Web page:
That’s three parts to get started with, each one split in two to cover details internal to the story, and external. OnResearching my latest novel!e thing you generally can’t do as a writer (unless you’re James Patterson) is “outsource” (ack! ack! phtooey!) the work…

Maybe some time in the future I’ll be so organised this will be second nature, but for now it’s comforting to know that no, I haven’t got writer’s block, I just haven’t got the next story in the right shape to get started.

I think there’s a difference.

 

Narnia Underground

Just before Christmas, I found myself watching The Chronicles of Narnia: Prince Caspian, on TV. Nice CGI, fiesty female leads, children doing grown-up things (instead of much of modern film showing grownups acting like children).

What struck me was the timeshift at the end: the four children, hotfoot from a major battle in Narnia, step through a magic portal back into wartime London.London Underground - To The Trains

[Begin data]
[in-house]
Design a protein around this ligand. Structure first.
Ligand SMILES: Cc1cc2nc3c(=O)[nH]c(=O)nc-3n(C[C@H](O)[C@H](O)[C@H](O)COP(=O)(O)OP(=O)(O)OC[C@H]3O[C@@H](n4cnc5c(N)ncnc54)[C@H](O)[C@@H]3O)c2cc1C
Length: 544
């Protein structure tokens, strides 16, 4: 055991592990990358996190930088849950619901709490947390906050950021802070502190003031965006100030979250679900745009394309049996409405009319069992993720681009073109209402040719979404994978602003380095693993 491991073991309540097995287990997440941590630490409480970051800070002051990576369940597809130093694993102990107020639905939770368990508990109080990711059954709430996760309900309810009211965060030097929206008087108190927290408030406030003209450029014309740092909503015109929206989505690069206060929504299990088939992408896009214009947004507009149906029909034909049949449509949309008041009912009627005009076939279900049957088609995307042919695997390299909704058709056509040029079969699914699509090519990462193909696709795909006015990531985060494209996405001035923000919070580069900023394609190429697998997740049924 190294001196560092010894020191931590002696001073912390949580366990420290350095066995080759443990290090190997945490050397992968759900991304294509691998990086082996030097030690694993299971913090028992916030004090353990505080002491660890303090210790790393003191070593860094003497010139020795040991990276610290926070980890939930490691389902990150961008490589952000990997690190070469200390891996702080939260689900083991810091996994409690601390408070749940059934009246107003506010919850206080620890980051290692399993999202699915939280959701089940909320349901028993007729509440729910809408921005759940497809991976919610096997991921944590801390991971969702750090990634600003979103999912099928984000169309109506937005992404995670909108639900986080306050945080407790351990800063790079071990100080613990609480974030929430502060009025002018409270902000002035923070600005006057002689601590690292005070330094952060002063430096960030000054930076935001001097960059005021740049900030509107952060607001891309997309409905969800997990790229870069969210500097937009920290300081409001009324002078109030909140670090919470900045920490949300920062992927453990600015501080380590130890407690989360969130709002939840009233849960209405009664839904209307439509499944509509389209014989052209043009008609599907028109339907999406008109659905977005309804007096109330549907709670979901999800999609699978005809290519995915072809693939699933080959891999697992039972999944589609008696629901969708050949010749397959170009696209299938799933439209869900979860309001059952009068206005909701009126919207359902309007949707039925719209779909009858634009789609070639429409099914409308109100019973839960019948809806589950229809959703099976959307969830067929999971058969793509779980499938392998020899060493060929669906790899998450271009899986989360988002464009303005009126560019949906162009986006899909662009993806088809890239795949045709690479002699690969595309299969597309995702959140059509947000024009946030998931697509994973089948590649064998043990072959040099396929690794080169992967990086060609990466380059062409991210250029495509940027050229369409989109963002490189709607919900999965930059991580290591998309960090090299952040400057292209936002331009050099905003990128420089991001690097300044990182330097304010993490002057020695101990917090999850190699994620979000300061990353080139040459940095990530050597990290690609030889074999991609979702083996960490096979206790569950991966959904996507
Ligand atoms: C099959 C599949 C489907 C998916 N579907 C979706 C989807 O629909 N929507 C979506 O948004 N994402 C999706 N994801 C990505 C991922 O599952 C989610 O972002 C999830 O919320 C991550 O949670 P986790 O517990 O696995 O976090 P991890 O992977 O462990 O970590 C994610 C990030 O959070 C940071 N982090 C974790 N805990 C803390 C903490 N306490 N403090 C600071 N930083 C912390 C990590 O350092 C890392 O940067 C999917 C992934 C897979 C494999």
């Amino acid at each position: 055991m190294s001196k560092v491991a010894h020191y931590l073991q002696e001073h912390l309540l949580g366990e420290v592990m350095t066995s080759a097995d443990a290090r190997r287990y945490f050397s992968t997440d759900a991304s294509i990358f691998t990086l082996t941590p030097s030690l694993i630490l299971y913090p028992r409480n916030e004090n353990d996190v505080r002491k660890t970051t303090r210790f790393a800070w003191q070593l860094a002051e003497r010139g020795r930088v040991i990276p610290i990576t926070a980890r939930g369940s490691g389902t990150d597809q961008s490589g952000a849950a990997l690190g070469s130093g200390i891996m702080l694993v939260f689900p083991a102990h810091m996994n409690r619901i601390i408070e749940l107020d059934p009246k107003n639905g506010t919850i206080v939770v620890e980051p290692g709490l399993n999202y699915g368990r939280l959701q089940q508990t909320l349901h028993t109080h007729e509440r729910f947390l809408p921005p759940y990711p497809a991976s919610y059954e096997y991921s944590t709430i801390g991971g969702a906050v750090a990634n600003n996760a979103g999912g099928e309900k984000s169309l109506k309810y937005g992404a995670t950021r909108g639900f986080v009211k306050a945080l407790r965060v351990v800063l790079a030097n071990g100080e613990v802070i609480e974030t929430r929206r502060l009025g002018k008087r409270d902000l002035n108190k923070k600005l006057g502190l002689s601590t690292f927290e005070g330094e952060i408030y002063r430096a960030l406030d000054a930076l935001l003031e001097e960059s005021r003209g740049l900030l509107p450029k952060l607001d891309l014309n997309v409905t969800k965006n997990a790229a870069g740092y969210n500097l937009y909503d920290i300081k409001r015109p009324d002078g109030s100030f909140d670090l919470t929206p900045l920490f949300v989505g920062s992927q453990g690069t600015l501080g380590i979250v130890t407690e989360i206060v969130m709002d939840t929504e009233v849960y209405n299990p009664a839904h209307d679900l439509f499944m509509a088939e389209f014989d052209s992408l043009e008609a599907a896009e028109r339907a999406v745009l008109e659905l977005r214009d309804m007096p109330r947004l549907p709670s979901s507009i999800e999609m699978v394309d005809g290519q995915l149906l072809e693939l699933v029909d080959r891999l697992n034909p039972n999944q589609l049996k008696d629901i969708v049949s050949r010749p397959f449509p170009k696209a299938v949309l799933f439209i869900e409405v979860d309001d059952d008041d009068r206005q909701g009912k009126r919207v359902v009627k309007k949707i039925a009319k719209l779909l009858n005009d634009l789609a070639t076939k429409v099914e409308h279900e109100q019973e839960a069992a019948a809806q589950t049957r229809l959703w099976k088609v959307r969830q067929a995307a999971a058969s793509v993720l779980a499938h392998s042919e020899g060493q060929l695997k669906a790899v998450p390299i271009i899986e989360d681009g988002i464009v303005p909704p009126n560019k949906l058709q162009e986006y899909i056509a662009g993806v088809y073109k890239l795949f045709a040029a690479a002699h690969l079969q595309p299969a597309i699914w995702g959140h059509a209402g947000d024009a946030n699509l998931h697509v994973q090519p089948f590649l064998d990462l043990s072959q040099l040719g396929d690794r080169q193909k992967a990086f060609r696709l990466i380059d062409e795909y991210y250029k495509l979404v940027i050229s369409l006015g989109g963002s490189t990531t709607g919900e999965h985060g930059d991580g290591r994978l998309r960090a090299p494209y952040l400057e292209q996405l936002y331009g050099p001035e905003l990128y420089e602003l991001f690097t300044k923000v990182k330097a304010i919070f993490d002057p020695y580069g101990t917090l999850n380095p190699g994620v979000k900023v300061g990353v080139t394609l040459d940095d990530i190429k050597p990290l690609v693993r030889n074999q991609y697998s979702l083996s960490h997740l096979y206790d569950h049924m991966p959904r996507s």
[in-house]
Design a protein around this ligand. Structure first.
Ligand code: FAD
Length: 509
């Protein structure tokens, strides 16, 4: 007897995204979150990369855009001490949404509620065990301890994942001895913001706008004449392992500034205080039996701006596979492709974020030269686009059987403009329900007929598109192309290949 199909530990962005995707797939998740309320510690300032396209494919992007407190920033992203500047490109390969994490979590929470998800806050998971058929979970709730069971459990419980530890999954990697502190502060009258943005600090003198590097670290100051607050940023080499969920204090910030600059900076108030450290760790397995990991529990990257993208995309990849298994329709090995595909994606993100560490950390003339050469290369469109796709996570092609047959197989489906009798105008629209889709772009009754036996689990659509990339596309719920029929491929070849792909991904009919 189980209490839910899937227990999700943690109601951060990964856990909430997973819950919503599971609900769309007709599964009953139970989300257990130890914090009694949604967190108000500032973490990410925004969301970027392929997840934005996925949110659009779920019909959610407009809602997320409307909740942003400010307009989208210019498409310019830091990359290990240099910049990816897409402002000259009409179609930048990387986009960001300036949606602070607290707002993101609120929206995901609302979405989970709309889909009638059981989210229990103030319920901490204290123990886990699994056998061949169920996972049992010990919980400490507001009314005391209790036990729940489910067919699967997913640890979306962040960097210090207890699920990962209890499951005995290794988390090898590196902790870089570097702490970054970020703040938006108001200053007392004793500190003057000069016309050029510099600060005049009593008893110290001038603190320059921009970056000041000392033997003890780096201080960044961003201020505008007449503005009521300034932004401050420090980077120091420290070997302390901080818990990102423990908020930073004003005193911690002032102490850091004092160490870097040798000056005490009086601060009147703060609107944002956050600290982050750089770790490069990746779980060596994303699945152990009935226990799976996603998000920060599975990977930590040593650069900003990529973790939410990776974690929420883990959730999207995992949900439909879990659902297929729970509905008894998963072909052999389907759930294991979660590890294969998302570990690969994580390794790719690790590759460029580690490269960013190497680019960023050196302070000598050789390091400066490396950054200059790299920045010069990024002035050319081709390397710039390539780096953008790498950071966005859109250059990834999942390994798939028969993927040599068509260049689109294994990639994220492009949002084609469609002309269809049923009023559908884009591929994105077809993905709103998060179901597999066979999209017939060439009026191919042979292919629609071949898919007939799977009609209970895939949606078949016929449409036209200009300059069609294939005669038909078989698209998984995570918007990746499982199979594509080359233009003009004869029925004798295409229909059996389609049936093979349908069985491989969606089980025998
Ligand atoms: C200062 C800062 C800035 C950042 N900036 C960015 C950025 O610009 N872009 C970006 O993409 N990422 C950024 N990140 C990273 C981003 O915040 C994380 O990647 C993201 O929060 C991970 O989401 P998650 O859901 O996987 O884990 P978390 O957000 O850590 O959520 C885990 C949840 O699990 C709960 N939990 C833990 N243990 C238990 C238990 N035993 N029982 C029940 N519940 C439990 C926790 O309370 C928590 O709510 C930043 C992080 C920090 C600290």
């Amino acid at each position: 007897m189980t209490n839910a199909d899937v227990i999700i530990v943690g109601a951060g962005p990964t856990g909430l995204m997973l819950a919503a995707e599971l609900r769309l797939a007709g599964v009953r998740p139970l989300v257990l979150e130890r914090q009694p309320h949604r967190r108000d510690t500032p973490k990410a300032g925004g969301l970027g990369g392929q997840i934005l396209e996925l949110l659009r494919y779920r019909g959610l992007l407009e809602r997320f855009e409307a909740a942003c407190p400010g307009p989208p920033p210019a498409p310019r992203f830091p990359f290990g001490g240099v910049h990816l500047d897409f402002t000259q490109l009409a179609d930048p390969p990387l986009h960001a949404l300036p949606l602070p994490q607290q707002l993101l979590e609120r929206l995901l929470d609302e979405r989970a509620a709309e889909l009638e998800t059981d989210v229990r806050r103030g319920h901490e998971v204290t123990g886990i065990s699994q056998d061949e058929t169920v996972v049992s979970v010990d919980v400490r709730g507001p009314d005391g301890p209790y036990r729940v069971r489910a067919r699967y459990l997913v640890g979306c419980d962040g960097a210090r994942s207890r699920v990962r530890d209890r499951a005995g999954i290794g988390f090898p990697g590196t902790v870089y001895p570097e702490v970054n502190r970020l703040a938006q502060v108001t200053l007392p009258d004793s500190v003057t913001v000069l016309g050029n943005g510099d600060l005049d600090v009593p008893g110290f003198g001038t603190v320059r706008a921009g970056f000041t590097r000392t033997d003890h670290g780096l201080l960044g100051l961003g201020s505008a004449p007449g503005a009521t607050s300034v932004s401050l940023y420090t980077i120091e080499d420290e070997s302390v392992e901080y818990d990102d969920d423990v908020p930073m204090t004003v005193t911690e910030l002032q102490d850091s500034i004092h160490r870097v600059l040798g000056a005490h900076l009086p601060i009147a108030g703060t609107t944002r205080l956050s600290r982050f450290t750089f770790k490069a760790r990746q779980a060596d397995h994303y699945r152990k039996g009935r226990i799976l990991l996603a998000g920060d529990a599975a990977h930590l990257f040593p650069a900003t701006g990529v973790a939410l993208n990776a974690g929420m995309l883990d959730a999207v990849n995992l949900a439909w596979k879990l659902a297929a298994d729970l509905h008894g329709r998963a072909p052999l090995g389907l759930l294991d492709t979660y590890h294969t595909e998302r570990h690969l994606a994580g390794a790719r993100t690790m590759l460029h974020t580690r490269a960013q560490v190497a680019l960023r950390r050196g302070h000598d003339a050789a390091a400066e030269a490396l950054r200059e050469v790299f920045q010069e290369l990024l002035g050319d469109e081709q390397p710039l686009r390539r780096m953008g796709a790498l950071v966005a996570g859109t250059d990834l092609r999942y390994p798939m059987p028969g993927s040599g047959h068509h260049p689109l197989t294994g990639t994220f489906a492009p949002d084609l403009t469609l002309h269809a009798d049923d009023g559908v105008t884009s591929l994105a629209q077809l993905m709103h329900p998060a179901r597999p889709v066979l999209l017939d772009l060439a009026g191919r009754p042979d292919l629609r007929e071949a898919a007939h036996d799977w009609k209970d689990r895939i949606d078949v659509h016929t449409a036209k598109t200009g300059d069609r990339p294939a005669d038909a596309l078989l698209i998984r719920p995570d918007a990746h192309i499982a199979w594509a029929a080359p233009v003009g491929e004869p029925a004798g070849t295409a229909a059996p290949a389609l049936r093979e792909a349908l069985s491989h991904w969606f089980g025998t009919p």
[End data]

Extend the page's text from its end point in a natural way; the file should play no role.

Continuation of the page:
The Underground, filled with ARPs and darkness, the children in school uniform carrying gas masks. The London of air raids and the Blitz, of missing parents or siblings fighting a war more real and more close than anything Narnia might hold. A city under siege, with no end in sight. More terrifying than an enchanted forest and an army of monsters.

This ending, with its abrupt slip from greenery and fantasy into a country at war, set me thinking.

My parents lived under German bombing raids.